Publication Date

3-30-2010

Abstract

[Excerpt] This paper, prepared by the Economist Intelligence Unit for the US-China Economic and Security Council, summarises the context, current discussions and implications of a potential US-China bilateral investment treaty (BIT). The paper is organised in six sections:

I. Existing US BITs

II. China’s current BITs with other countries

III. The potential US-China BIT

IV. Major regulatory and transparency issues

V. Implications for the US economy

VI. Interviews

Simply defined, a BIT is a treaty between two countries designed to promote and protect investments between the two signatory states. A BIT provides investors with a safer and more transparent investment environment by guarding against the risk of expropriation by the host state. Many countries, especially the larger economies, sign BITs with their main trading partners, both to ensure that companies from their country receive proper protection when they make investments abroad and to ensure that their rights can be protected and enforced through binding international arbitration.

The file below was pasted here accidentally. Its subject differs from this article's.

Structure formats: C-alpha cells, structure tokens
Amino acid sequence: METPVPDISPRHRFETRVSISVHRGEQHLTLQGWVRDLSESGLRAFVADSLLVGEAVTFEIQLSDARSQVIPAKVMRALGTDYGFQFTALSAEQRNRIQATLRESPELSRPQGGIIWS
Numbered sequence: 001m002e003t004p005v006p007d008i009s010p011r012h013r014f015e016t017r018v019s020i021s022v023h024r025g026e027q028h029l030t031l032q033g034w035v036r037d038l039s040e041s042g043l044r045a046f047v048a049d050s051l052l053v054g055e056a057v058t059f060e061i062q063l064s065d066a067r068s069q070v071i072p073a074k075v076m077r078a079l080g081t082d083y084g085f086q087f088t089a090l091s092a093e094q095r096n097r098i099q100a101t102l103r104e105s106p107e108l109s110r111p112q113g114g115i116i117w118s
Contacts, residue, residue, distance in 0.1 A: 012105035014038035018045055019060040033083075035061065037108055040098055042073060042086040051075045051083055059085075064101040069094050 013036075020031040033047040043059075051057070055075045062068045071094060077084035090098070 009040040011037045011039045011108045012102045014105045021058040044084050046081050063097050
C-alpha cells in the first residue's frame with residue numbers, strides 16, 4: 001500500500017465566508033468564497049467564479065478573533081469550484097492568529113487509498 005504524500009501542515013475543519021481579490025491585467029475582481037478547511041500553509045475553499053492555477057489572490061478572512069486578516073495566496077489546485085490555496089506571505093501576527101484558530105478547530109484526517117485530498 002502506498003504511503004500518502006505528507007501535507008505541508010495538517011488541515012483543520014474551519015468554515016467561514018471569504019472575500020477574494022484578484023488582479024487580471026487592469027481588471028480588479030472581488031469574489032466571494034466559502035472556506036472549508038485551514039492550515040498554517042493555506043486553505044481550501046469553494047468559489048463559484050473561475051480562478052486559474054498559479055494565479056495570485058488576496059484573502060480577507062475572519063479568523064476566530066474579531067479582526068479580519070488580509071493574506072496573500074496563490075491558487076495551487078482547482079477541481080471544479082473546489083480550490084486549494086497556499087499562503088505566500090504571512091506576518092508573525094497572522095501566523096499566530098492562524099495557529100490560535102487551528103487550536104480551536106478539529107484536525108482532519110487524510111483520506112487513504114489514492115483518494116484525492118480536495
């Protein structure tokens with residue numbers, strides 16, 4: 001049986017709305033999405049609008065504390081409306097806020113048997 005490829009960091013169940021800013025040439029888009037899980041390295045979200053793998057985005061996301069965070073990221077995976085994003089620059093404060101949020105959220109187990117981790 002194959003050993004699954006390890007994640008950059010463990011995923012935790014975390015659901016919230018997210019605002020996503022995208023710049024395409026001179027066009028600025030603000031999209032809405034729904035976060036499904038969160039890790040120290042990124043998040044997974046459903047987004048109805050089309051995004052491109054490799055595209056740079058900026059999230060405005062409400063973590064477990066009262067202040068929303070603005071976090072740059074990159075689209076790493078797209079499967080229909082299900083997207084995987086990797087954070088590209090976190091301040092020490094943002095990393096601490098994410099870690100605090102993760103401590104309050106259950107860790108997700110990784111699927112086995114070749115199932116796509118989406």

Comments

Suggested Citation
US-China Economic and Security Review Commission. (2010). Evaluating a potential US-China bilateral investment treaty: Background, context and implications. Washington, DC: Congressional Research Service.
http://digitalcommons.ilr.cornell.edu/key_workplace/733

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